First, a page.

Frankie is beginning to plan the north-western half of the site, so we ought to have a complete hand-drawn site plan in the next few days. With the colour differences being so much clearer today, it ought to be a relatively simple task.
Kit and Tom are working on the southern arm of the L-shaped section, removing a last little patch of topsoil (199) before tackling (197), the reddish deposit in the top of the inner ditch (described on last year’s sketch plan as “light grey”). In the damper conditions today, it is clear that (197) overlies (196) and that (97) is the material through which the inner ditch has been cut in this area. It is also likely that (197) is the same material as (195) to the north-east of the excavated section of inner ditch.
Ivor, Jean and Steve are working on what remains of (119). Fortunately, it seems to be quite superficial and is coming down rapidly onto (207), a much stonier deposit underneath, that also spills out through the gap in the bank.
Phil, Andrew and Paul are working on the outer ditch, . On Sunday, progress on the south-eastern part of (291) was much more rapid than to the north-west, leaving a step almost 0.25 m high between where different teams had been working. It is today’s priority task to get everything back to the same level, otherwise we risk exposing new deposits in one half of the ditch much earlier than in the other, which is quite unacceptable.
By the end of morning tea break, the drizzle had come to an end and temperature shot up by two degrees to 20° C. The sun is even coming through breaks in the cloud, so we may see an improvement in the weather rather earlier than the forecasts have been suggesting.
It seems to be quite a slow day for finds: there have been a few in (119) and (291), but (199) was without any. Kit and Tom have now removed the last patch of (119) and are on to (197), which does have material in it. We need to collect 20 litres of bulk sample from this deposit, as it is a fill of the inner ditch. The section excavated since 2011 has been assigned context ; we do not yet have a cut number for this section.
It’s fortunate that (291) has fewer finds as it becomes deeper, which means that progress can continue to be rapid in the outer ditch. We need to keep up our average of 4 cm a day to get to the bottom: should we lose any time to bad weather or extreme heat, we will need to increase the daily target. Comparing what we have this season with the section excavated through the outer ditch at Easter 2013, it is clear that (291) and (290) are identical with (285), which was removed entirely be machine; it was almost a metre thick at its deepest part.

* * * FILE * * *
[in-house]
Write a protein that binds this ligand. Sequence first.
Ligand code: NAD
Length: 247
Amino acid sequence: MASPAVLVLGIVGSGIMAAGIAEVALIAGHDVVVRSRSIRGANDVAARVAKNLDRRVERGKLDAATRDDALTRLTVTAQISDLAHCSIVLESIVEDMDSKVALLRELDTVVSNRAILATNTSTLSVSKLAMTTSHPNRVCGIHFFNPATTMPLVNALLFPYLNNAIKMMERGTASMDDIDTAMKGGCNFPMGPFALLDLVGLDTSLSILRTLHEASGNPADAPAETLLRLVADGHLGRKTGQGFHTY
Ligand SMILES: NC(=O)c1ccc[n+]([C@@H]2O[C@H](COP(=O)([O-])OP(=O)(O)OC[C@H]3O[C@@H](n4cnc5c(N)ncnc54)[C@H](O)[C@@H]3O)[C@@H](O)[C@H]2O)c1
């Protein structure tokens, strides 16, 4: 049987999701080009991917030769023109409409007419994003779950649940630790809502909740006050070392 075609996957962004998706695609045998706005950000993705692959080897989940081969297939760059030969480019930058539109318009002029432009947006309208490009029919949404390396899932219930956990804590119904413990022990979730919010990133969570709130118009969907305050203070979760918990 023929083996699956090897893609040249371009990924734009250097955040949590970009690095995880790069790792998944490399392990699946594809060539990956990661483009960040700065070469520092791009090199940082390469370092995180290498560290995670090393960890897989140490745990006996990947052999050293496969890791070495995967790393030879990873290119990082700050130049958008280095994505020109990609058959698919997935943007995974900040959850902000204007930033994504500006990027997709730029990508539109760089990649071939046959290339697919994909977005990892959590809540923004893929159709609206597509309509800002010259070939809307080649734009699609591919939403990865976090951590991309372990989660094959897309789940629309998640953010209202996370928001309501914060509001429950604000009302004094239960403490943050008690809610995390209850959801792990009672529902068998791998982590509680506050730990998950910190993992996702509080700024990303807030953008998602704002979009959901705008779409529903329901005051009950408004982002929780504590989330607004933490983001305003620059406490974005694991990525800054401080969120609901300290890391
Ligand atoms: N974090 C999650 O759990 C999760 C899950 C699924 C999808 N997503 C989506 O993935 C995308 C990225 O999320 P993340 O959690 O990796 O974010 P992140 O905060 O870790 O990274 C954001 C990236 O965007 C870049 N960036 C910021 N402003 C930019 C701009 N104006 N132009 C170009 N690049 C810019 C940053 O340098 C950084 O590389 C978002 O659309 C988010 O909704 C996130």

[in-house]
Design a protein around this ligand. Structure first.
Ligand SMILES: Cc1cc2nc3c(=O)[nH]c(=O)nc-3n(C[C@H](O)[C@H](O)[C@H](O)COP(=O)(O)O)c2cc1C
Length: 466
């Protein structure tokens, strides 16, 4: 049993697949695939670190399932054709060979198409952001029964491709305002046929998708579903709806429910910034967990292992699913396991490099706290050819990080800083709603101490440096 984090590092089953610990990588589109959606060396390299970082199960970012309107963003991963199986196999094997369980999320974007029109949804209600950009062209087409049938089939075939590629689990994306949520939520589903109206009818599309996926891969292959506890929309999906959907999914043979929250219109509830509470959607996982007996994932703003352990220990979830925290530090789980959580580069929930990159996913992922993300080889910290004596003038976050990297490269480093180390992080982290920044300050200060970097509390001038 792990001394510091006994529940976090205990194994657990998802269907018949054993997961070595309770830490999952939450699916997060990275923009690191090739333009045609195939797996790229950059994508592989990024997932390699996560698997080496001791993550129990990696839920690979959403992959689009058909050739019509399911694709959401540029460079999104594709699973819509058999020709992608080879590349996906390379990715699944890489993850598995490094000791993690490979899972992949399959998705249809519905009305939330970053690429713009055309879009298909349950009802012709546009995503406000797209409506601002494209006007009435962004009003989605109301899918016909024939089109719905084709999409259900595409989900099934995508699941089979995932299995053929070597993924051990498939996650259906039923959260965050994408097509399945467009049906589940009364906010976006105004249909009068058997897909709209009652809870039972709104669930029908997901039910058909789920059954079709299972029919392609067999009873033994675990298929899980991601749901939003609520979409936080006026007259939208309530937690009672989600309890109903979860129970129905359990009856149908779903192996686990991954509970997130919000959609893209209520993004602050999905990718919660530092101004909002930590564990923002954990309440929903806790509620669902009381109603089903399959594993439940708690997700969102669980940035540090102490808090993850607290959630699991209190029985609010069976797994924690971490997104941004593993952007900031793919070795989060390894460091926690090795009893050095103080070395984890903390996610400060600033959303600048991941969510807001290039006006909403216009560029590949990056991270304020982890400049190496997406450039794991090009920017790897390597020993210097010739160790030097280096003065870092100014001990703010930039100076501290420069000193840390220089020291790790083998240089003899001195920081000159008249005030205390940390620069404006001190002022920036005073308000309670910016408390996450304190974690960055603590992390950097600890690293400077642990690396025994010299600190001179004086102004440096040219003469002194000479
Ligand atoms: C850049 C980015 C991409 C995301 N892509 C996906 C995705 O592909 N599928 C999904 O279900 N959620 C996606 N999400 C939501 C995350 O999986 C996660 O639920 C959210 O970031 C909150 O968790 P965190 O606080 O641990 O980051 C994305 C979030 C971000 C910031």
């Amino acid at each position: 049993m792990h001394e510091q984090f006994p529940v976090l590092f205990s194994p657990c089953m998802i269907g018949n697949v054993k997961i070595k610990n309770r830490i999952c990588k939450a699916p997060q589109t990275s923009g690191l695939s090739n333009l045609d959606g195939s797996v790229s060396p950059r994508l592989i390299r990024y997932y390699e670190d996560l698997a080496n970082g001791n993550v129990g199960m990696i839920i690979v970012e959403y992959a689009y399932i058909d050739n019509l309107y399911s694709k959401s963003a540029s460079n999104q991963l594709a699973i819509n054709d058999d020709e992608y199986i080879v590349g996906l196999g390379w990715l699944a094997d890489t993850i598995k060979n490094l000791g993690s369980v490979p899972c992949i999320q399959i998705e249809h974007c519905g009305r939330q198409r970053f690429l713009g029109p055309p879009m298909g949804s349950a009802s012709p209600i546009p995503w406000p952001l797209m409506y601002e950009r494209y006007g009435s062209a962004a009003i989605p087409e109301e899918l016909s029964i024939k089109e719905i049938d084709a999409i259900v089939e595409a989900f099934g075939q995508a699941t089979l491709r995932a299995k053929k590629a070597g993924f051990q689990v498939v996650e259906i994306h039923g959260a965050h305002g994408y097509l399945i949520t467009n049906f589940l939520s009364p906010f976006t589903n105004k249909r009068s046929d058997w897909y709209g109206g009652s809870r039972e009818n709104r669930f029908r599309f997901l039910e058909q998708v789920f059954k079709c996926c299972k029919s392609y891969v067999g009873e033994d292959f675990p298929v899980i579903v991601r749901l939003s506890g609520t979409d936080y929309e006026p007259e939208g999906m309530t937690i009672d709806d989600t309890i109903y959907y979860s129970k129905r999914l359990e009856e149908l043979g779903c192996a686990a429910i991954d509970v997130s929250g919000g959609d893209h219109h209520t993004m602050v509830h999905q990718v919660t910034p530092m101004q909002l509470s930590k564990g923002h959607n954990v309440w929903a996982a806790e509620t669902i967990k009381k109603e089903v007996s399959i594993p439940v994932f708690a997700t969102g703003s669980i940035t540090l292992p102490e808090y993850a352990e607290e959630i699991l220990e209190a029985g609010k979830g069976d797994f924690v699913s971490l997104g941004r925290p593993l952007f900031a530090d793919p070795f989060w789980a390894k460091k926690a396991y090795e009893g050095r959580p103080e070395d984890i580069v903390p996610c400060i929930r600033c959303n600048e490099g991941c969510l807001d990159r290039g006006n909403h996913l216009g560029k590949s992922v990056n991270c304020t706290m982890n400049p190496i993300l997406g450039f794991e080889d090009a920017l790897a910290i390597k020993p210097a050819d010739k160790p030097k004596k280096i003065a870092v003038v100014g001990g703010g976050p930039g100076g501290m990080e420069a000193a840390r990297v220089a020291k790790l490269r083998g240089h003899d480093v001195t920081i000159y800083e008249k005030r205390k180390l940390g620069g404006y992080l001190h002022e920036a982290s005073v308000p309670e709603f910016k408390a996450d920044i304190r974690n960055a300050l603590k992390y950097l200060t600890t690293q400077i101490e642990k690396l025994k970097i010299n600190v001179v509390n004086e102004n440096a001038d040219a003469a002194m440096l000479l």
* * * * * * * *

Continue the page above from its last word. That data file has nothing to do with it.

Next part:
The rain returned at lunchtime and was quite heavy for about forty minutes. By the time we were back at work, it had lightened and almost stopped, finally stopping again around 2.20 pm. The temperature has risen now to just touching 23° C; it drops as the wind increases, so we won’t be invoking the hot weather policy just yet.
The inner edge of the outer ditch is now showing up where (291) is being removed and is parallel with the opposite side, as one would expect. This shows that the point previously chosen as the mid point from which the two teams have been working back to the edge is too far towards the inner edge. Now that we know where the edges are, we will be able to set a more equitable starting point.
The rain over lunchtime has helped to show up the colours once again, helping to redefine areas where (119) has not yet been completely removed and to show up the loose rubbly material of (207) beneath it. The relationship between (207) and the rubbly deposits to its west is unclear: they appear to have less soil matrix, so I am inclined to regard them as something quite different.
There have been a number of sherds of shelly pottery again today, all coming from securely Neolithic deposits (both (197) and (119)). I wonder if they are made from the same Jurassic clays as the Romano-British shelly wares of North Bedfordshire and Northamptonshire; if this is the case, presumably they are part of a regional trade in ceramics. This is something I need to investigate further, as I am not familiar with this idea outside south-west England, where Gabbroitic Ware is “traded” over a wide area (scare quotes as we have no idea of the mechanisms by which goods moved from areas of production to areas of consumption).
One additional area we need to investigate is an extension to the sondage over the outer ditch. I would like to extend the edges to cross the remains of the bank, examine the relict topsoil beneath it and determine its relationship with the colluvium (35). This can then be added to the section drawings that will be made of ditch  when its excavation is complete, tying the outer ditch in stratigraphically to the henge proper.
Kit and Tom feel that they have found a new deposit under (197). Although the same colour, it has a higher proportion of chalk flecks and is somewhat firmer to trowel. Given the complex stratigraphy found in the section dug 2011-13, , it is unsurprising that they should find a new fill after only a little work.
Despite the rain, which was only really heavy at lunchtime, when we were sheltered under the gazebos, and the relative lack of people today, we seem to have made good progress today. The ‘step’ left in the outer ditch section where the two teams had been working at vastly different speeds on Sunday has now gone and we have the edge of the cut on its inner side. All of (119) has been removed, revealing that (207) lies directly beneath it, while the last remaining patch of topsoil (199) in the L-shaped section has also gone, enabling the team in this area to concentrate on the archaeological deposits of the inner ditch. It would be really good if, over the next four weeks, we can complete another section through the inner ditch, which would give us two sections through both ditches. We may have to make some compromises in how we plan each deposit to enable this to happen, for instance.